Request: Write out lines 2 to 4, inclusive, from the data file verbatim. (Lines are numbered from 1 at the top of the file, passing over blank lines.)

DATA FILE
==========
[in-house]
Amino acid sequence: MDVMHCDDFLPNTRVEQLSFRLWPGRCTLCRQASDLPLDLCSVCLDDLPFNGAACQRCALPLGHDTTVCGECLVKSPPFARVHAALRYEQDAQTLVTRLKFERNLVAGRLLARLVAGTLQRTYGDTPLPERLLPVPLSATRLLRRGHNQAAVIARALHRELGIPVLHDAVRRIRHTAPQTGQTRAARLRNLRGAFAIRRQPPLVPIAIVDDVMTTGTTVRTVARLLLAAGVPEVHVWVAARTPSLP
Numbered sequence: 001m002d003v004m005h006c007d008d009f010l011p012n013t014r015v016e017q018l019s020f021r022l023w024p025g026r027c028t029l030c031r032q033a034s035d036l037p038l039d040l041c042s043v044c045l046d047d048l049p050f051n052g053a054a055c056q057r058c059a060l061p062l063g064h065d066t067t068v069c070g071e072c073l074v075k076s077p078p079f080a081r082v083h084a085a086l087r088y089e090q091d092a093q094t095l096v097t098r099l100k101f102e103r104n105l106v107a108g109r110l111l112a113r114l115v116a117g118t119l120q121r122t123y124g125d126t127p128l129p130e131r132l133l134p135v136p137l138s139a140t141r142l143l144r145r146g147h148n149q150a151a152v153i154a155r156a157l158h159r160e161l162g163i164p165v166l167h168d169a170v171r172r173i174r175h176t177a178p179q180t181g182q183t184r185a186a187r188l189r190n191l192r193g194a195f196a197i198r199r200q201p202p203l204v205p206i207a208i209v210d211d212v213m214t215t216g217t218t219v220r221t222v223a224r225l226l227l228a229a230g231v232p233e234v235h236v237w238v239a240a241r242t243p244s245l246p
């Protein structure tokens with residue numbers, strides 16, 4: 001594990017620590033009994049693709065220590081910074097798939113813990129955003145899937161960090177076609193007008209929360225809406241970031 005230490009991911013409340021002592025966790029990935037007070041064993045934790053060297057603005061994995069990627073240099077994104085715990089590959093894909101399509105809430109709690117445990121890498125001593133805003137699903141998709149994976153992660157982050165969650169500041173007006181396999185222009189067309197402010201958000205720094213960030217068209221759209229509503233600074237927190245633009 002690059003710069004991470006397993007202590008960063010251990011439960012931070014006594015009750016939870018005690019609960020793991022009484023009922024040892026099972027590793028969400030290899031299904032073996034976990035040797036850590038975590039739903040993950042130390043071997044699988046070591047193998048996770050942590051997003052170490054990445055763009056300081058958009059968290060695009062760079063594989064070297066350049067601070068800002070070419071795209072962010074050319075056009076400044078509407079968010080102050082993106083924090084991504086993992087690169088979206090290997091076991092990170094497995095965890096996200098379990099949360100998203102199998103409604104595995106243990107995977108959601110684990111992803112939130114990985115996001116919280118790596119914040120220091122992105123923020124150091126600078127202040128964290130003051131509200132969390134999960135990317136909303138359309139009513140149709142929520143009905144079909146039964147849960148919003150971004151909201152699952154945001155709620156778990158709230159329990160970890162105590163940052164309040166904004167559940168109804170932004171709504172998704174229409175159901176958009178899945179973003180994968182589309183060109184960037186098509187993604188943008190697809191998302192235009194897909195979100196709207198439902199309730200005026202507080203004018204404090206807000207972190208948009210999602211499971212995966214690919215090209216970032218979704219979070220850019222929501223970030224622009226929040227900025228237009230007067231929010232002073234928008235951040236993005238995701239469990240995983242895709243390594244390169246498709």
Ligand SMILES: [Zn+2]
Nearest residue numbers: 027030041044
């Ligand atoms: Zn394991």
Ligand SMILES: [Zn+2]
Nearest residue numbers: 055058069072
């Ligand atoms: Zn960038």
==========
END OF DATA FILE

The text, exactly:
Amino acid sequence: MDVMHCDDFLPNTRVEQLSFRLWPGRCTLCRQASDLPLDLCSVCLDDLPFNGAACQRCALPLGHDTTVCGECLVKSPPFARVHAALRYEQDAQTLVTRLKFERNLVAGRLLARLVAGTLQRTYGDTPLPERLLPVPLSATRLLRRGHNQAAVIARALHRELGIPVLHDAVRRIRHTAPQTGQTRAARLRNLRGAFAIRRQPPLVPIAIVDDVMTTGTTVRTVARLLLAAGVPEVHVWVAARTPSLP
Numbered sequence: 001m002d003v004m005h006c007d008d009f010l011p012n013t014r015v016e017q018l019s020f021r022l023w024p025g026r027c028t029l030c031r032q033a034s035d036l037p038l039d040l041c042s043v044c045l046d047d048l049p050f051n052g053a054a055c056q057r058c059a060l061p062l063g064h065d066t067t068v069c070g071e072c073l074v075k076s077p078p079f080a081r082v083h084a085a086l087r088y089e090q091d092a093q094t095l096v097t098r099l100k101f102e103r104n105l106v107a108g109r110l111l112a113r114l115v116a117g118t119l120q121r122t123y124g125d126t127p128l129p130e131r132l133l134p135v136p137l138s139a140t141r142l143l144r145r146g147h148n149q150a151a152v153i154a155r156a157l158h159r160e161l162g163i164p165v166l167h168d169a170v171r172r173i174r175h176t177a178p179q180t181g182q183t184r185a186a187r188l189r190n191l192r193g194a195f196a197i198r199r200q201p202p203l204v205p206i207a208i209v210d211d212v213m214t215t216g217t218t219v220r221t222v223a224r225l226l227l228a229a230g231v232p233e234v235h236v237w238v239a240a241r242t243p244s245l246p
């Protein structure tokens with residue numbers, strides 16, 4: 001594990017620590033009994049693709065220590081910074097798939113813990129955003145899937161960090177076609193007008209929360225809406241970031 005230490009991911013409340021002592025966790029990935037007070041064993045934790053060297057603005061994995069990627073240099077994104085715990089590959093894909101399509105809430109709690117445990121890498125001593133805003137699903141998709149994976153992660157982050165969650169500041173007006181396999185222009189067309197402010201958000205720094213960030217068209221759209229509503233600074237927190245633009 002690059003710069004991470006397993007202590008960063010251990011439960012931070014006594015009750016939870018005690019609960020793991022009484023009922024040892026099972027590793028969400030290899031299904032073996034976990035040797036850590038975590039739903040993950042130390043071997044699988046070591047193998048996770050942590051997003052170490054990445055763009056300081058958009059968290060695009062760079063594989064070297066350049067601070068800002070070419071795209072962010074050319075056009076400044078509407079968010080102050082993106083924090084991504086993992087690169088979206090290997091076991092990170094497995095965890096996200098379990099949360100998203102199998103409604104595995106243990107995977108959601110684990111992803112939130114990985115996001116919280118790596119914040120220091122992105123923020124150091126600078127202040128964290130003051131509200132969390134999960135990317136909303138359309139009513140149709142929520143009905144079909146039964147849960148919003150971004151909201152699952154945001155709620156778990158709230159329990160970890162105590163940052164309040166904004167559940168109804170932004171709504172998704174229409175159901176958009178899945179973003180994968182589309183060109184960037186098509187993604188943008190697809191998302192235009194897909195979100196709207198439902199309730200005026202507080203004018204404090206807000207972190208948009210999602211499971212995966214690919215090209216970032218979704219979070220850019222929501223970030224622009226929040227900025228237009230007067231929010232002073234928008235951040236993005238995701239469990240995983242895709243390594244390169246498709």